Six steps to prepare for a mortgage pre approval

Published on January 2, 2020 under How-To

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Being approved for a mortgage can be complicated, but with the right preparation, you can simplify the process. It's all about knowing what's involved, what to expect, and taking action to correct any outstanding issues.

Here are the 6 steps to set yourself up for mortgage pre approval and a smooth journey towards homeownership:

1. Start Preparing Early

Don't wait until you're about to buy a home to begin preparing for your mortgage. The earlier you start, the more you'll know and be able to position yourself as a candidate for a loan. Even if you don't end up buying a home for a year or two, your mindset will be different thanks to the knowledge you'll gain from preparing, which will help you even several years after the fact.

2. Protect Your Credit

First, run a credit check to make sure that your credit is in order. If you find any issues, take care of them immediately. Start paying down your outstanding credit card balances-the less you owe in comparison to your available credit, the better off you'll be-and make sure that you make all of your payments on time.

It's not the end of the world if your credit is less than perfect. There are programs available for you. But banks want to know that you're responsible. They must see that you've been making timely payments on all of your bills to feel comfortable enough to lend you money.

3. Watch Your Bank Accounts

Banks and lenders want to make sure that you can afford the home you're buying. Although they will run your credit before lending you money, they will also look for signs to make sure you don't have loans that aren't showing up on your report. One of the methods of doing so is by checking your bank accounts for large deposits, which could indicate that someone just lent you money.

If you do have to deposit a large sum of money that's not part of your regular income, be prepared to explain it. For example, if you've lent someone $5,000 and they just paid you back, you can deposit it into your bank account, but keep a copy of the loan document-however unofficial it might be-so that you can show that it wasn't money that you borrowed.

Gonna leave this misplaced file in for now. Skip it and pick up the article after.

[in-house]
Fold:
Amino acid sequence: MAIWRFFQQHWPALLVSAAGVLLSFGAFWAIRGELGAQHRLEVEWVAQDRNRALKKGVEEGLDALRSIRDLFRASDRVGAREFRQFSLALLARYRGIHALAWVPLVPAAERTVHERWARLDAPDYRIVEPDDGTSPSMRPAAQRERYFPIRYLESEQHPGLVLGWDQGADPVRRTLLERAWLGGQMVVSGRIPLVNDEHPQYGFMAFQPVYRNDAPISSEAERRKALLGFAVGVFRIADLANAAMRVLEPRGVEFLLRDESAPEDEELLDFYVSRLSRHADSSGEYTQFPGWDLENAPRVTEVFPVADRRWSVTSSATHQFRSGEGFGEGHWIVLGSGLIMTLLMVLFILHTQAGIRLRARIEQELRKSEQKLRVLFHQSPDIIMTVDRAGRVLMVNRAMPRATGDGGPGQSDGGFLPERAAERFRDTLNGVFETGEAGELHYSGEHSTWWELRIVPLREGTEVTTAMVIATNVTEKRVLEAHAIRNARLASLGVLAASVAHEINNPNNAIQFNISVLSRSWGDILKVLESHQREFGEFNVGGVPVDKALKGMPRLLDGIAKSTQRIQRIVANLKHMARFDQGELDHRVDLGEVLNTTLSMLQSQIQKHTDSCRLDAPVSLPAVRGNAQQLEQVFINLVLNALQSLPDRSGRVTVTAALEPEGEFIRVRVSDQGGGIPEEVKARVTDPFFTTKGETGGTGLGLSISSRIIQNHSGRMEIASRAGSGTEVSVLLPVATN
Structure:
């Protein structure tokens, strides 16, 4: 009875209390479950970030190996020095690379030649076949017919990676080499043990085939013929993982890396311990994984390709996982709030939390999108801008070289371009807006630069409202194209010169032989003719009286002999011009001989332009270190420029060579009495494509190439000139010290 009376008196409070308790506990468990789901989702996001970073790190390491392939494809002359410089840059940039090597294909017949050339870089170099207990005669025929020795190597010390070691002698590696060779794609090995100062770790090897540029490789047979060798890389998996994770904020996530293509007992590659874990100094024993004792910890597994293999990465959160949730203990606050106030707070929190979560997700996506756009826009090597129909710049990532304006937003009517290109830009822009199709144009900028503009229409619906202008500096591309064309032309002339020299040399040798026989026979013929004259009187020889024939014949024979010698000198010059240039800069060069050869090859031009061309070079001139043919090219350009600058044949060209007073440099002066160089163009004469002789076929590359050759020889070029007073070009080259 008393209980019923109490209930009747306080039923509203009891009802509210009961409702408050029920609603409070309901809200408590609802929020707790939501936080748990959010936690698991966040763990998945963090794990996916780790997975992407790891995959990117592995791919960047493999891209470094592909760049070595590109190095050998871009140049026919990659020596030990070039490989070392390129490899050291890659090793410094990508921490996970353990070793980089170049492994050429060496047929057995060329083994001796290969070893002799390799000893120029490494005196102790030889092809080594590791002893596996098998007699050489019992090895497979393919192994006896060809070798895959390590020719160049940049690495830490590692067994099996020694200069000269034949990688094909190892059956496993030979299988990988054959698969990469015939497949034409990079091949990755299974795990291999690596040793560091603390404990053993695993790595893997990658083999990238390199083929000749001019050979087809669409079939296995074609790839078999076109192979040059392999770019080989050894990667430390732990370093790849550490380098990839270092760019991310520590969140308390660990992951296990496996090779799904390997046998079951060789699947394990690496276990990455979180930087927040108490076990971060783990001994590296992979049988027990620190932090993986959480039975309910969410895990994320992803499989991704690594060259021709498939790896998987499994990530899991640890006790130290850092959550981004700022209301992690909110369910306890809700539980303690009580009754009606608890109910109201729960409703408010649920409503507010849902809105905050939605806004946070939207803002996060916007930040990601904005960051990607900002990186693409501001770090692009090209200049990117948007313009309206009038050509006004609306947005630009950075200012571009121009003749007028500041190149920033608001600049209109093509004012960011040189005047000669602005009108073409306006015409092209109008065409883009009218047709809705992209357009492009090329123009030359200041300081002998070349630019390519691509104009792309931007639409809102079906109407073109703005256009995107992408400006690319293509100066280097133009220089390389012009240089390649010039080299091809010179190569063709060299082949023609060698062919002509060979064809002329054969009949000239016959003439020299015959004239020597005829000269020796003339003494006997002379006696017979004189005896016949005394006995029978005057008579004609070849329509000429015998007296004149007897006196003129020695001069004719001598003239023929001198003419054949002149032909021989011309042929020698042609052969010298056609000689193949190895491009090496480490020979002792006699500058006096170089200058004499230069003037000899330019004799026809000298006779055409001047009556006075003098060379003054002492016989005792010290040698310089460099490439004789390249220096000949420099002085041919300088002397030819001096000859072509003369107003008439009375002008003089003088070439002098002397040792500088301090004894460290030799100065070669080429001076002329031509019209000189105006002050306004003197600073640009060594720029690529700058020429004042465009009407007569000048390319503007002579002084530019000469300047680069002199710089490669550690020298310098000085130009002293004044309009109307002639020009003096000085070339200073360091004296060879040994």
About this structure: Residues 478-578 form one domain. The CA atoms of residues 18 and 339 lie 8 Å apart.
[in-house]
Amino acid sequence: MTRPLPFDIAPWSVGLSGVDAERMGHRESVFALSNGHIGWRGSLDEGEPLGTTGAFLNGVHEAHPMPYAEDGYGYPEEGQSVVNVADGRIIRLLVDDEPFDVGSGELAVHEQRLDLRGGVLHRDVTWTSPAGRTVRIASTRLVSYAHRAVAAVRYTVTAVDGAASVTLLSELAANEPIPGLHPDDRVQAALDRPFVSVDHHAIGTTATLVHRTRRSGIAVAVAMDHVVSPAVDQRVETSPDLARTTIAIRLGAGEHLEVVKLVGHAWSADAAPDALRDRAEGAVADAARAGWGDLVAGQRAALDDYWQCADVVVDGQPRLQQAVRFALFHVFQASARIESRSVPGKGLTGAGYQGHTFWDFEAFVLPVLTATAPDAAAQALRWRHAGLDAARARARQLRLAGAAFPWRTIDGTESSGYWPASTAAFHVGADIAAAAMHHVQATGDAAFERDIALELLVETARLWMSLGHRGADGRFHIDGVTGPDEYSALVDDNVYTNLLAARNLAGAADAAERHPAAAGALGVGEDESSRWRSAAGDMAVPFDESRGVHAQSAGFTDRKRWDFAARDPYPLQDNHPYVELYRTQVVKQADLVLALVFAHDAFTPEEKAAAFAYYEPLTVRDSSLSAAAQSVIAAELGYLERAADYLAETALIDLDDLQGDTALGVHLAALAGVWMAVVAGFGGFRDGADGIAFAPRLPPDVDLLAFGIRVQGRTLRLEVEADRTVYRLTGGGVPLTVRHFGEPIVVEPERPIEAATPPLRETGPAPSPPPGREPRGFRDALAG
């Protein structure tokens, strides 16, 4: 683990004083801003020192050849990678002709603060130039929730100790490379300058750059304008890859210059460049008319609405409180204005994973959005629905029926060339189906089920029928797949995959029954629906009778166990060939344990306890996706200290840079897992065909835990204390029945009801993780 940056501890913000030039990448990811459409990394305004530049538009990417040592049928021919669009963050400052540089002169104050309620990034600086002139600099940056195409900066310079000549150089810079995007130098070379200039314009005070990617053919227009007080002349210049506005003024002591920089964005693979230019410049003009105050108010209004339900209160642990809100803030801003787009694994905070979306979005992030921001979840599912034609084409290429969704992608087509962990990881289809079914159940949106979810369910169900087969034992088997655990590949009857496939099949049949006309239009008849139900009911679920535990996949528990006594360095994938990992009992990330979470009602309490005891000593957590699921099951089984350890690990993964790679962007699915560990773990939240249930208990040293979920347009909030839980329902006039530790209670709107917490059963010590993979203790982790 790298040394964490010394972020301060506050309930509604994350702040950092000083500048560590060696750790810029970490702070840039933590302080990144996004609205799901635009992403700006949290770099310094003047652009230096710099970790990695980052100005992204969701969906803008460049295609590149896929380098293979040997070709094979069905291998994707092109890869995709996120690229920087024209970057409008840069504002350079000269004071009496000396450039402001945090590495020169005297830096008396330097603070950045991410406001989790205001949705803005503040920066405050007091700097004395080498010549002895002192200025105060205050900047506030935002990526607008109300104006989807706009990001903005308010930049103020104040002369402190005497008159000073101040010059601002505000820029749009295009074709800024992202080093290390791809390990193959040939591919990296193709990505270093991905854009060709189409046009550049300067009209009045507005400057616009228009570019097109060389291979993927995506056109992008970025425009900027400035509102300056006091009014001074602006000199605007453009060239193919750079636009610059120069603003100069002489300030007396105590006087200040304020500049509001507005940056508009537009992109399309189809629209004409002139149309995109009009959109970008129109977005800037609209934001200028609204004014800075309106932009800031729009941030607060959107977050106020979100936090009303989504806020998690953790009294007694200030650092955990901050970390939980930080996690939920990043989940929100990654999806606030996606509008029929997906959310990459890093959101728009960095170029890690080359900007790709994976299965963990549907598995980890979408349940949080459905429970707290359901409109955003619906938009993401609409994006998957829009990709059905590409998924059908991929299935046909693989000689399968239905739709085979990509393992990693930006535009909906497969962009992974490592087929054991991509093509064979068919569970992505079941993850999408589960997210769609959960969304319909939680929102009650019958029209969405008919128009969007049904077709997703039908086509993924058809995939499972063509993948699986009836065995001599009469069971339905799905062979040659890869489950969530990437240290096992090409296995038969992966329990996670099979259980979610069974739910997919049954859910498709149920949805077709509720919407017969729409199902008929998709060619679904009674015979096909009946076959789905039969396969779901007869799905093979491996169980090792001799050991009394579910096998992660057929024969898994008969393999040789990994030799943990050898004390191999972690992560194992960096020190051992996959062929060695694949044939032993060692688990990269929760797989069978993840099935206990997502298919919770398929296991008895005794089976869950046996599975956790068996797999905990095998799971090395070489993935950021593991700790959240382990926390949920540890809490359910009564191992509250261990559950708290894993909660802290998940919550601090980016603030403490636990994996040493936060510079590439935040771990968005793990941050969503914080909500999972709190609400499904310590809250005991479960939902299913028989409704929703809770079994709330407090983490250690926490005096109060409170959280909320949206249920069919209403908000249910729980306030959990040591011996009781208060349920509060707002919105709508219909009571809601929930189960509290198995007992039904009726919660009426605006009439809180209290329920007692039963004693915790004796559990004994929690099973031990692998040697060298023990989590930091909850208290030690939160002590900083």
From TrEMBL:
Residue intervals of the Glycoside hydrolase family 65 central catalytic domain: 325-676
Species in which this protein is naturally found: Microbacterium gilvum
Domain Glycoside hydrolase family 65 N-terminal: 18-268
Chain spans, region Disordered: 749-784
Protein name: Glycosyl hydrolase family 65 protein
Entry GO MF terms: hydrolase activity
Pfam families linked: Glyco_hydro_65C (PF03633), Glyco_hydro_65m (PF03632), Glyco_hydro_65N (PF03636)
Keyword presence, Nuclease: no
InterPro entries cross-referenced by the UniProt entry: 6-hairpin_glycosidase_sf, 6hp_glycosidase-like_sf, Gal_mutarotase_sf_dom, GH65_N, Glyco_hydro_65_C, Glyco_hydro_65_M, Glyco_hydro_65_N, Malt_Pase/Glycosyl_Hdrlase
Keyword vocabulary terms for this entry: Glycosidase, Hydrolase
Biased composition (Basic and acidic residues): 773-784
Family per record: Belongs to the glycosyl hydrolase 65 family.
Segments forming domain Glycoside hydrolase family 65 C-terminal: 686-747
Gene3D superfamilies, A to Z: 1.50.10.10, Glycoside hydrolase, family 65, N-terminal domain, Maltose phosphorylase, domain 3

4. Keep Your Documents Handy

Documentation could cause major delays in the loan process. You want to make sure that if your loan originator asks you for documents, you can produce them almost instantly.

Keep a soft or hard copy-or both-of the following at all times:

  • Two years of tax returns and W2s
  • Six months of bank statements
  • One month of paystubs

Every bank, loan, and borrower are different. There's no telling what you'll need and when. The above may be overkill for some scenarios, but it's worthwhile to have more than less available so that if these documents are required, you can provide them immediately.

5. Start Saving

In all likelihood, you will have to make a down payment on your home. Figure out how much you're looking to spend on a house, and assume that you'll put down anywhere between 3% and 20% of the purchase price. The more you can afford toward a down payment, the better off you'll be. And, the earlier you start saving, the more you'll have in the bank when you're ready to buy.

6. Talk to a Pro

There's a lot that goes into a loan. Your situation may be simple-you might have perfect credit, an excellent work history, and a lot of money in the bank. But if anything is even slightly off, you will need a professional's help.

How will putting down less than 20% affect your payments?

If your credit is less than perfect, which programs are available to you?

Will you qualify for a loan if you had a lapse in employment?

Contact an Expert Loan Officer